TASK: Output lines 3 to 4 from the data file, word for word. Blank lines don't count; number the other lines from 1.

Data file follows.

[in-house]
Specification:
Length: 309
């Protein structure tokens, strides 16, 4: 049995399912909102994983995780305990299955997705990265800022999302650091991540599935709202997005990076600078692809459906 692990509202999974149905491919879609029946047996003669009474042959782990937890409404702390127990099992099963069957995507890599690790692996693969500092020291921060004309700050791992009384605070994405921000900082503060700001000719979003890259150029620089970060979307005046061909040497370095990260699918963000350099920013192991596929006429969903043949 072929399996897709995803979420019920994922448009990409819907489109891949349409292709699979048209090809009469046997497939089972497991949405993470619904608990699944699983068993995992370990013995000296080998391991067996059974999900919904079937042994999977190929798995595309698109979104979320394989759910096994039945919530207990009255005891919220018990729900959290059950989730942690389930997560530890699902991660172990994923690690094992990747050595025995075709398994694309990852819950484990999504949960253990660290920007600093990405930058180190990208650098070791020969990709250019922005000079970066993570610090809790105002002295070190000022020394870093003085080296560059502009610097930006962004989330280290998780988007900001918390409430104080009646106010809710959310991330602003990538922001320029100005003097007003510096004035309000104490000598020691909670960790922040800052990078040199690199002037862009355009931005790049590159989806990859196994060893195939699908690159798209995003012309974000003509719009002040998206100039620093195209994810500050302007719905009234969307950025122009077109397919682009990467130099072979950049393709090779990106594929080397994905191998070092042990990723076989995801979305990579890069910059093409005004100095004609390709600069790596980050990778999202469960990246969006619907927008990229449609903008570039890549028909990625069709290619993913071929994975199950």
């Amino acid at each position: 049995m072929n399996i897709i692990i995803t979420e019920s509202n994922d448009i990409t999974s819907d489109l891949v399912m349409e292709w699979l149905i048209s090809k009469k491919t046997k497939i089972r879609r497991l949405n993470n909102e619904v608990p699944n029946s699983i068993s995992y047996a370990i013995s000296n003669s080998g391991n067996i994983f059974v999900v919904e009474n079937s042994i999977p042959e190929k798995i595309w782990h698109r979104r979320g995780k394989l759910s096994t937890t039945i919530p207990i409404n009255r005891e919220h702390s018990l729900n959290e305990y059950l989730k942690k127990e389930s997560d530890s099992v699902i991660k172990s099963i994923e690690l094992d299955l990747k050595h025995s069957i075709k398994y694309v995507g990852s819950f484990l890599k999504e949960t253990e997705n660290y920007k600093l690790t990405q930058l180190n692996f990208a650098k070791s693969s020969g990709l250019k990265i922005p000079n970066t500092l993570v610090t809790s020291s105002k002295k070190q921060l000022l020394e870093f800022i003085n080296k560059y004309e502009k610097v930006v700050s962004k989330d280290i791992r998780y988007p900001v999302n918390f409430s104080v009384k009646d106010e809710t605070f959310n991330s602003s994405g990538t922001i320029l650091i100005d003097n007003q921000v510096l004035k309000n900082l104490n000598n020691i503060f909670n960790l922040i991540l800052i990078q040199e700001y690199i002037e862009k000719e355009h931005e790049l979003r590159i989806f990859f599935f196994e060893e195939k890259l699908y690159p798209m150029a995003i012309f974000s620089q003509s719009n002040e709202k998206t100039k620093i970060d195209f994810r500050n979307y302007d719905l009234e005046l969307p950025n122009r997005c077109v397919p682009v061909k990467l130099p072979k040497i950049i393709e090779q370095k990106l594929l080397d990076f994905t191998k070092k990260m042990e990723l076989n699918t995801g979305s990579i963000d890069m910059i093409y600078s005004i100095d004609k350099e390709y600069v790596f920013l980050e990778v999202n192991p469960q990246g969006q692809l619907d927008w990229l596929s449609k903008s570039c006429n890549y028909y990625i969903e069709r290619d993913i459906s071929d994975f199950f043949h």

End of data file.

Length: 309
């Protein structure tokens, strides 16, 4: 049995399912909102994983995780305990299955997705990265800022999302650091991540599935709202997005990076600078692809459906 692990509202999974149905491919879609029946047996003669009474042959782990937890409404702390127990099992099963069957995507890599690790692996693969500092020291921060004309700050791992009384605070994405921000900082503060700001000719979003890259150029620089970060979307005046061909040497370095990260699918963000350099920013192991596929006429969903043949 072929399996897709995803979420019920994922448009990409819907489109891949349409292709699979048209090809009469046997497939089972497991949405993470619904608990699944699983068993995992370990013995000296080998391991067996059974999900919904079937042994999977190929798995595309698109979104979320394989759910096994039945919530207990009255005891919220018990729900959290059950989730942690389930997560530890699902991660172990994923690690094992990747050595025995075709398994694309990852819950484990999504949960253990660290920007600093990405930058180190990208650098070791020969990709250019922005000079970066993570610090809790105002002295070190000022020394870093003085080296560059502009610097930006962004989330280290998780988007900001918390409430104080009646106010809710959310991330602003990538922001320029100005003097007003510096004035309000104490000598020691909670960790922040800052990078040199690199002037862009355009931005790049590159989806990859196994060893195939699908690159798209995003012309974000003509719009002040998206100039620093195209994810500050302007719905009234969307950025122009077109397919682009990467130099072979950049393709090779990106594929080397994905191998070092042990990723076989995801979305990579890069910059093409005004100095004609390709600069790596980050990778999202469960990246969006619907927008990229449609903008570039890549028909990625069709290619993913071929994975199950």